a writer talks about his trade


He thinks he’s figured it out, why he writes Shards. He thinks they’re what took the place of letters. Not just any letters, but those red-hot epistles of youth, longhand scrawls on lined paper. But then his pen pals died off or lost their pazam, and there he was walking the streets mumbling to himself–not a good thing; not a safe thing; the sort of thing that draws scrutiny.

But he may be mistaken, who knows for what–a giraffe, a carafe, a nut case bombarded with erratic thought. He–damn, he’s taking over again, the scribe, I can hardly get a word in edgewise before he shoulders his way to the front. Sometimes I wonder who’s running this show. Sometimes we pass each other in the dark house when I get up at night to take a piss and he brushes by me without a word, off to who knows where. He never sleeps. At times I’ve harbored the secret wish to see him gone, but all that’s ever done is trigger a barrage of poems, a short story or two, or a drunken rant. He used to drink like there was no tomorrow, but when he caught me hoping he’d drink himself to death, he stopped cold.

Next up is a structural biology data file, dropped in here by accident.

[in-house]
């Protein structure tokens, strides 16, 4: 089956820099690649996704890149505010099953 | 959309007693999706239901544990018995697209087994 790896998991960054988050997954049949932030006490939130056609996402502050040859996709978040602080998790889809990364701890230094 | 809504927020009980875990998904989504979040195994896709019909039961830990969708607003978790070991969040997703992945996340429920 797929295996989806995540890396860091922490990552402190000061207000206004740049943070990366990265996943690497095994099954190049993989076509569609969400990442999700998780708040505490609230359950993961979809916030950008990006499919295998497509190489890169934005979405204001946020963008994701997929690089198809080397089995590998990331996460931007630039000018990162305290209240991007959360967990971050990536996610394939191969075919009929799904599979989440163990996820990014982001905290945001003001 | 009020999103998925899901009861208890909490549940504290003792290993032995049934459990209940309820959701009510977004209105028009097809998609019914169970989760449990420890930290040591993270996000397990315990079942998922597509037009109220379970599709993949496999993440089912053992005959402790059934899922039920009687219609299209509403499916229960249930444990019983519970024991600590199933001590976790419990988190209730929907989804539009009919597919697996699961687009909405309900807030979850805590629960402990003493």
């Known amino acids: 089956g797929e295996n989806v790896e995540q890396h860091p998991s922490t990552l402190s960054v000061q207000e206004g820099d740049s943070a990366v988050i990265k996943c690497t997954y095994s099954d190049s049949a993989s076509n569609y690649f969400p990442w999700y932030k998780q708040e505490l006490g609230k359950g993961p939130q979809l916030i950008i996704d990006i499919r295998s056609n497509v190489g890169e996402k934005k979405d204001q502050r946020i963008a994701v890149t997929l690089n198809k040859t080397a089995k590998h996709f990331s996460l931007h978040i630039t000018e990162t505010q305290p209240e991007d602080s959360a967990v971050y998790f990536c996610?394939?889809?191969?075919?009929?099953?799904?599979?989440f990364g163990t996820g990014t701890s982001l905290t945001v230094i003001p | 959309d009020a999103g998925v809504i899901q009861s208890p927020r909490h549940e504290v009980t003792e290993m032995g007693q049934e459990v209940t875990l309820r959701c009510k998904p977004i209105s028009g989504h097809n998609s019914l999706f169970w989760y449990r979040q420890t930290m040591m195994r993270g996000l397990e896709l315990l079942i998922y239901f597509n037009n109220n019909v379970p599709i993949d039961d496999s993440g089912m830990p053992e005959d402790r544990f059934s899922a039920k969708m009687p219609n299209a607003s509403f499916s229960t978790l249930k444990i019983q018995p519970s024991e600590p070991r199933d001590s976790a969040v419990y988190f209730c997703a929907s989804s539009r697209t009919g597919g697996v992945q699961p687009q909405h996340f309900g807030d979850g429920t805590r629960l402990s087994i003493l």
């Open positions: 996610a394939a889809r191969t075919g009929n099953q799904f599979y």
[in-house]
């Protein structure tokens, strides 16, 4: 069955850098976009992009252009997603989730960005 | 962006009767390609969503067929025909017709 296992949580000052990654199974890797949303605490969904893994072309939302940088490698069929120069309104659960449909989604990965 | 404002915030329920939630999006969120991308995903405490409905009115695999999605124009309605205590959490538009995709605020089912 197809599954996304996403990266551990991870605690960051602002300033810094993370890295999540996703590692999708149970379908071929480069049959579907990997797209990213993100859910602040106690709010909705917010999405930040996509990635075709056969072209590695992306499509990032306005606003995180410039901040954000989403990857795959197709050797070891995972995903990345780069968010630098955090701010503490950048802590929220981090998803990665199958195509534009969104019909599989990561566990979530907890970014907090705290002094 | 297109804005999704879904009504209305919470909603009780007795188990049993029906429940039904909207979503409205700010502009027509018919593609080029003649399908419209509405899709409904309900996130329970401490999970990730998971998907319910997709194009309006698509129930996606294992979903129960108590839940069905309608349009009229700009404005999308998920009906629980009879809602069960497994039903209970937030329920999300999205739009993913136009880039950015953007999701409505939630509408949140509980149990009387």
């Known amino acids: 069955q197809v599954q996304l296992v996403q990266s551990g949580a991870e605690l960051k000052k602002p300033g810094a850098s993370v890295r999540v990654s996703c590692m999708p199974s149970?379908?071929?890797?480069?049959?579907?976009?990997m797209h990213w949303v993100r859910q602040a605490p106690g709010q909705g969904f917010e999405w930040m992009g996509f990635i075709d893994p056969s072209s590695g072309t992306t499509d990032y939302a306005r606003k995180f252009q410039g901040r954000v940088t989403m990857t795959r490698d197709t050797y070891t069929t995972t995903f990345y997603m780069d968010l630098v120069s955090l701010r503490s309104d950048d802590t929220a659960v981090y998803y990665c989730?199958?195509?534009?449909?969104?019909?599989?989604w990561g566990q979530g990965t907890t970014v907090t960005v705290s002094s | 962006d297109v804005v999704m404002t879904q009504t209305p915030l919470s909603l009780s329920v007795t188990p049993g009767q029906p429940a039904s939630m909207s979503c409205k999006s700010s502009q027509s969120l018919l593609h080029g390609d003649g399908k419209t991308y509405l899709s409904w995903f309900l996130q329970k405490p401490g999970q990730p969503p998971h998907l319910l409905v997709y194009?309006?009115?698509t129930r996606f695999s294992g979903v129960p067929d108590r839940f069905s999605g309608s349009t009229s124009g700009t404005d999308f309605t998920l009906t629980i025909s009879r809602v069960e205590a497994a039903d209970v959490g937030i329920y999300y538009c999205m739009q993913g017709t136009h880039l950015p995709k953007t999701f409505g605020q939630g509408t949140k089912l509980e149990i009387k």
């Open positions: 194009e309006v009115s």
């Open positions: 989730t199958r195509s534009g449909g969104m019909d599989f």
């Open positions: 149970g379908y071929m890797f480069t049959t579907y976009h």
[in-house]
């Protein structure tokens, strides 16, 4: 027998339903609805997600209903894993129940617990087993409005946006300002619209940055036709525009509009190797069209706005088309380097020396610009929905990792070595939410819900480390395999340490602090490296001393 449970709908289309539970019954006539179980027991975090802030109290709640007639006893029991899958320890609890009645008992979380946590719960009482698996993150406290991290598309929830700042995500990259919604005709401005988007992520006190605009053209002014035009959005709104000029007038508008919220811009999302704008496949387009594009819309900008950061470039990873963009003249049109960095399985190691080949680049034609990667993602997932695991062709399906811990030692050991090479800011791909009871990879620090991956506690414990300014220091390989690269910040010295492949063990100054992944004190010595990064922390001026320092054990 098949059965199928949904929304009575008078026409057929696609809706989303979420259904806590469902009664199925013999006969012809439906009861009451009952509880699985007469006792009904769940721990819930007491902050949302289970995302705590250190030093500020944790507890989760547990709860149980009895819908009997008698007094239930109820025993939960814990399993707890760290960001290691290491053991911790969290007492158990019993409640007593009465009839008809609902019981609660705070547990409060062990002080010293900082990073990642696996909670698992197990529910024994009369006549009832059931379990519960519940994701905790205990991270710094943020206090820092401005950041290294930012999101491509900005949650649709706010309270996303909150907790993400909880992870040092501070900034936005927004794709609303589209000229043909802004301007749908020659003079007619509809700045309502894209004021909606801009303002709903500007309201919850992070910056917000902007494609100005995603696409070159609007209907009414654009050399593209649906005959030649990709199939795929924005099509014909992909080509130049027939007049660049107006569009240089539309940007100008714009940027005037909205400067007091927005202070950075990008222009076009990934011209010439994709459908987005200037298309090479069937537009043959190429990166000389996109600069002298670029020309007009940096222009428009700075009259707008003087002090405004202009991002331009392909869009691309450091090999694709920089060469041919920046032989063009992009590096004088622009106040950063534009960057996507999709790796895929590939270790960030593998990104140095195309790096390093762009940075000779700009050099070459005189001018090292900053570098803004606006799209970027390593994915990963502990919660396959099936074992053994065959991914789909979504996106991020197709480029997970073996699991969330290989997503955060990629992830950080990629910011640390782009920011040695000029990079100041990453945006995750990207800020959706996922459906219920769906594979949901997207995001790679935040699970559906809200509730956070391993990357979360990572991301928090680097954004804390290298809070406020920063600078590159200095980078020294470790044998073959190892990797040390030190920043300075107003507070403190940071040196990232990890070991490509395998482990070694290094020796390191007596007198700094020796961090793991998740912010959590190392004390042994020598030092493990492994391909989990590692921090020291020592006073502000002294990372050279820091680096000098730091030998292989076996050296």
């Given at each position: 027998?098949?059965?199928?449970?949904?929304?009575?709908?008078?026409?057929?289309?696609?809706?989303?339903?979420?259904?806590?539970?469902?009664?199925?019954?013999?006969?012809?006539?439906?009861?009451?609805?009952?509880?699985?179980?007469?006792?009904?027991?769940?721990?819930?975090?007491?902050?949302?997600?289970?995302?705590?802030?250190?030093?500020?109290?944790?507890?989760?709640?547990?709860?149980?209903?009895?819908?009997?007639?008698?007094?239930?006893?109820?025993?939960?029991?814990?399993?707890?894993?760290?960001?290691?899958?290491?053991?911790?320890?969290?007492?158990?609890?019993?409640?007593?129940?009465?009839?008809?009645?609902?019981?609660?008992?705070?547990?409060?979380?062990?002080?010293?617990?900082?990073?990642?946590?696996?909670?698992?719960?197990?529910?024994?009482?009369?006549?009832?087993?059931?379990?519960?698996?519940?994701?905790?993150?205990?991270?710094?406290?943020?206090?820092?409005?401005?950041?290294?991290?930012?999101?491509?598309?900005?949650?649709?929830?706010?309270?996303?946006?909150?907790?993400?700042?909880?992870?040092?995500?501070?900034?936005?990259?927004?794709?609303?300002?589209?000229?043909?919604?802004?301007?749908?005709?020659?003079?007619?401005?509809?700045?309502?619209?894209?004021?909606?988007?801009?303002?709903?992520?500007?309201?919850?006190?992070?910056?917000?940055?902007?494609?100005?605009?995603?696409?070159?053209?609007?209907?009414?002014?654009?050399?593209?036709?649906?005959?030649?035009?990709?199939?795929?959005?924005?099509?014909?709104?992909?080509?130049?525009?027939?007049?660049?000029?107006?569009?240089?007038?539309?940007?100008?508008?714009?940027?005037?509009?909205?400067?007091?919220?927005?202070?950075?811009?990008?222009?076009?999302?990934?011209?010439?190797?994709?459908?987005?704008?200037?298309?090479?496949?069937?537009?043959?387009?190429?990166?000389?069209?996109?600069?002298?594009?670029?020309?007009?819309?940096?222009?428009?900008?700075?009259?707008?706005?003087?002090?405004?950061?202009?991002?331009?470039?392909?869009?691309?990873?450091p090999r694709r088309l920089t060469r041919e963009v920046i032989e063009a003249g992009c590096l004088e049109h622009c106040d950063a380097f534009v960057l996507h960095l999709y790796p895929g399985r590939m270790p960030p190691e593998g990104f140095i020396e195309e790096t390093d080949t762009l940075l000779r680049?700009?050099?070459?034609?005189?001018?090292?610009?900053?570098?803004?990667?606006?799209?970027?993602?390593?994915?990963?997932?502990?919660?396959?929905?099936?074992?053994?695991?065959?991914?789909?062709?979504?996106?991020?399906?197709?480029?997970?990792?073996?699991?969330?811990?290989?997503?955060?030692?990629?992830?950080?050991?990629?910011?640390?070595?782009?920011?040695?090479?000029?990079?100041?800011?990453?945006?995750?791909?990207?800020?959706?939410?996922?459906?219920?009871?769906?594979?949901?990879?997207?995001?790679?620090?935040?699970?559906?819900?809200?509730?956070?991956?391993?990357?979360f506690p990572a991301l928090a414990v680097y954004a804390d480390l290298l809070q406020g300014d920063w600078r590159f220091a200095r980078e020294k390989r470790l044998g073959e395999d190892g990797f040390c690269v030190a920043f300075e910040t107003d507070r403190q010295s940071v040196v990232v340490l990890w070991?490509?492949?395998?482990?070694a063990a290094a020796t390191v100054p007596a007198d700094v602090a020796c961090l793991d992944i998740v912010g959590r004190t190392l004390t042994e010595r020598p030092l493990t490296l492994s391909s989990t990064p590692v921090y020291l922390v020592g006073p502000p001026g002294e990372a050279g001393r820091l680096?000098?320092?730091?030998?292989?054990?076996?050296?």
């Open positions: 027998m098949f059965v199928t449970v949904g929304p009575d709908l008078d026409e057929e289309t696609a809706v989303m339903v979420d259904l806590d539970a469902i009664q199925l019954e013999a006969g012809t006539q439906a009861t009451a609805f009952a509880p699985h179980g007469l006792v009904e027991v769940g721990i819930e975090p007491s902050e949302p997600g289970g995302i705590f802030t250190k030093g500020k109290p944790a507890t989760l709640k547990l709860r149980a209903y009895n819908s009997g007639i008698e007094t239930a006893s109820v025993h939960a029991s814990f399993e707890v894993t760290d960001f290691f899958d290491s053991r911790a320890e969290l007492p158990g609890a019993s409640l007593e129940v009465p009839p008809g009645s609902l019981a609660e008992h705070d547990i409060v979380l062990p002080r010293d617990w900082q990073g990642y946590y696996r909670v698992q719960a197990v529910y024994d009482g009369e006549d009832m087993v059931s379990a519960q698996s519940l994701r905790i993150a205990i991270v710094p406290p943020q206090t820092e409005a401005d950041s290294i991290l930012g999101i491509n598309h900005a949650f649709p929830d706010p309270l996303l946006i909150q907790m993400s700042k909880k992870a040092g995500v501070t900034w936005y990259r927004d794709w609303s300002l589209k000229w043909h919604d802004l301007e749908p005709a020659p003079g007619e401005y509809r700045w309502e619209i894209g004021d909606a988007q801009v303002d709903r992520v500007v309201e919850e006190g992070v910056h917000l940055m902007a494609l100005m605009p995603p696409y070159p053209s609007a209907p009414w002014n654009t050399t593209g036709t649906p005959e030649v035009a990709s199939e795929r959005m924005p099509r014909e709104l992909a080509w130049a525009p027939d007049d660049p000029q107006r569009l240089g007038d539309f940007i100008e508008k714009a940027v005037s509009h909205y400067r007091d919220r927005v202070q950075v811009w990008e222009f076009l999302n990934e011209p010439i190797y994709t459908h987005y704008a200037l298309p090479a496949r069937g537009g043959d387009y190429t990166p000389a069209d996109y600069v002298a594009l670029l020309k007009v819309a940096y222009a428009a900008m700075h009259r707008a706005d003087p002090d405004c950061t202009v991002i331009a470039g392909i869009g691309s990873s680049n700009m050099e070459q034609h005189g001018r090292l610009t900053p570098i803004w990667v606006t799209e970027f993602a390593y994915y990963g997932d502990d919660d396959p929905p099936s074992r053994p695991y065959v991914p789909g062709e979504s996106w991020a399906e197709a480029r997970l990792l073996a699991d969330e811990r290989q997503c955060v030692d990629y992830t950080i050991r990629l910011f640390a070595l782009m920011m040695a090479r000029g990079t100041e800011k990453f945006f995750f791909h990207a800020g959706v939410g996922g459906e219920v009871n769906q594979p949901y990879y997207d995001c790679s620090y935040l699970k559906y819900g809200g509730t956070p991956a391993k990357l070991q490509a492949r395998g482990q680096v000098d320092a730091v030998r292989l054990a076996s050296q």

To tell the truth, he sometimes scares me. Just look what he’s done to this attempt to write something scholarly–butchered it; mocked it; ripped it to shreds. He’s been doing this sort of thing for as long as I can remember. When Bukowski wrote me back in the Seventies and said writing about writing was the worst hot dog in the pot, he nearly split a gut laughing. Then he slammed down the last beer in the refrigerator, got on his motorcycle, and went racing across San Francisco in his oily torn jeans and his fatigue army jacket, his ponytail flying in the night wind. He went down to a Valentia Street bar and wound up getting thrown out by a big bartender named Swede. I woke up after that one late for work with a hangover that lasted three days. He’s never once paid the price for anything he’s done.

Just the other day he said he doesn’t take kindly to my putting words in his mouth. Just now, looking over my shoulder, he said that I’m in way over my head, talking about where Shards come from. He says if he didn’t have to go thru me to get to the words he could really go places, places where no man has gone before.

“Do you like that?” he says. “I knew you would. You’re a sucker for herd-mentality catch phrases–remember when you were calling me J. Bennett Jr.? Holy shit!”

“Hold on now,” I say. “That was a long time ago. And that was me. I was calling me that.”

“You think so?” he says. “You just don’t get it, do you?”

“It’s good that we’re discussing things,” I say, hoping for a reconciliation.”

He doesn’t answer. He lights another cigarette and studies me like I’m something in a jar of formaldehyde.

A chill runs up my spine, and I catch a glimpse of something that one day will kill me.

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